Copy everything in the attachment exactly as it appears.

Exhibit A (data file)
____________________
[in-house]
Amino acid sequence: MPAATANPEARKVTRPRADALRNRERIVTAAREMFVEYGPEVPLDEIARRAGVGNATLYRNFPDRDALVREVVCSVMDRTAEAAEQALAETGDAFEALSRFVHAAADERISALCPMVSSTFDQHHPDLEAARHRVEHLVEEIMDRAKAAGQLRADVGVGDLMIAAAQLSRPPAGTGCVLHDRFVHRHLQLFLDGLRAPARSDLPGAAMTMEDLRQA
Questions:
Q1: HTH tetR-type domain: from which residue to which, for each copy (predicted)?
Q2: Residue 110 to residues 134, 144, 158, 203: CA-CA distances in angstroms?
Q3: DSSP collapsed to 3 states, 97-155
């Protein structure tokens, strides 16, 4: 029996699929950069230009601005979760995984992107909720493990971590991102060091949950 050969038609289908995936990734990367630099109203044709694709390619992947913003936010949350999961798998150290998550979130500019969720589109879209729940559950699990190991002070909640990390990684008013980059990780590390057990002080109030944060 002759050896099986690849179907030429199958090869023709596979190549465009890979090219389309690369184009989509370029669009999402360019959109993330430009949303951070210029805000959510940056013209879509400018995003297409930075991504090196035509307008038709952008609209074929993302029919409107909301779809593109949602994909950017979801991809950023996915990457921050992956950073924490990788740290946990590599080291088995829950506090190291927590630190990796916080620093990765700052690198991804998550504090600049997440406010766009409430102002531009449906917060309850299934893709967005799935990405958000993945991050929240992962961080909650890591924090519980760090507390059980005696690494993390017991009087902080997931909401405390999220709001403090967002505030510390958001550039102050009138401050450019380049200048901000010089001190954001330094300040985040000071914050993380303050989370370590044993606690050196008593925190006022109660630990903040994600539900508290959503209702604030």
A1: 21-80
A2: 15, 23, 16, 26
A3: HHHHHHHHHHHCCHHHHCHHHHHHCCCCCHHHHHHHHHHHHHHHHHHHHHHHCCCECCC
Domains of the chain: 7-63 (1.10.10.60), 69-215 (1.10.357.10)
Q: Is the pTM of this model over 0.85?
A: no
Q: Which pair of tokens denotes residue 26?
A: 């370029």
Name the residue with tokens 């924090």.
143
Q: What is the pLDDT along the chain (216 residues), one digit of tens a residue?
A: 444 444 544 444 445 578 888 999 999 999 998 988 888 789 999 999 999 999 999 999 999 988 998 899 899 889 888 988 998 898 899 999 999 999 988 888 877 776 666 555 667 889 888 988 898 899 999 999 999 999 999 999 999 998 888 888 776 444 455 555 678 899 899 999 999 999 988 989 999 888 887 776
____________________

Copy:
[in-house]
Amino acid sequence: MPAATANPEARKVTRPRADALRNRERIVTAAREMFVEYGPEVPLDEIARRAGVGNATLYRNFPDRDALVREVVCSVMDRTAEAAEQALAETGDAFEALSRFVHAAADERISALCPMVSSTFDQHHPDLEAARHRVEHLVEEIMDRAKAAGQLRADVGVGDLMIAAAQLSRPPAGTGCVLHDRFVHRHLQLFLDGLRAPARSDLPGAAMTMEDLRQA
Questions:
Q1: HTH tetR-type domain: from which residue to which, for each copy (predicted)?
Q2: Residue 110 to residues 134, 144, 158, 203: CA-CA distances in angstroms?
Q3: DSSP collapsed to 3 states, 97-155
């Protein structure tokens, strides 16, 4: 029996699929950069230009601005979760995984992107909720493990971590991102060091949950 050969038609289908995936990734990367630099109203044709694709390619992947913003936010949350999961798998150290998550979130500019969720589109879209729940559950699990190991002070909640990390990684008013980059990780590390057990002080109030944060 002759050896099986690849179907030429199958090869023709596979190549465009890979090219389309690369184009989509370029669009999402360019959109993330430009949303951070210029805000959510940056013209879509400018995003297409930075991504090196035509307008038709952008609209074929993302029919409107909301779809593109949602994909950017979801991809950023996915990457921050992956950073924490990788740290946990590599080291088995829950506090190291927590630190990796916080620093990765700052690198991804998550504090600049997440406010766009409430102002531009449906917060309850299934893709967005799935990405958000993945991050929240992962961080909650890591924090519980760090507390059980005696690494993390017991009087902080997931909401405390999220709001403090967002505030510390958001550039102050009138401050450019380049200048901000010089001190954001330094300040985040000071914050993380303050989370370590044993606690050196008593925190006022109660630990903040994600539900508290959503209702604030």
A1: 21-80
A2: 15, 23, 16, 26
A3: HHHHHHHHHHHCCHHHHCHHHHHHCCCCCHHHHHHHHHHHHHHHHHHHHHHHCCCECCC
Domains of the chain: 7-63 (1.10.10.60), 69-215 (1.10.357.10)
Q: Is the pTM of this model over 0.85?
A: no
Q: Which pair of tokens denotes residue 26?
A: 């370029």
Name the residue with tokens 């924090």.
143
Q: What is the pLDDT along the chain (216 residues), one digit of tens a residue?
A: 444 444 544 444 445 578 888 999 999 999 998 988 888 789 999 999 999 999 999 999 999 988 998 899 899 889 888 988 998 898 899 999 999 999 988 888 877 776 666 555 667 889 888 988 898 899 999 999 999 999 999 999 999 998 888 888 776 444 455 555 678 899 899 999 999 999 988 989 999 888 887 776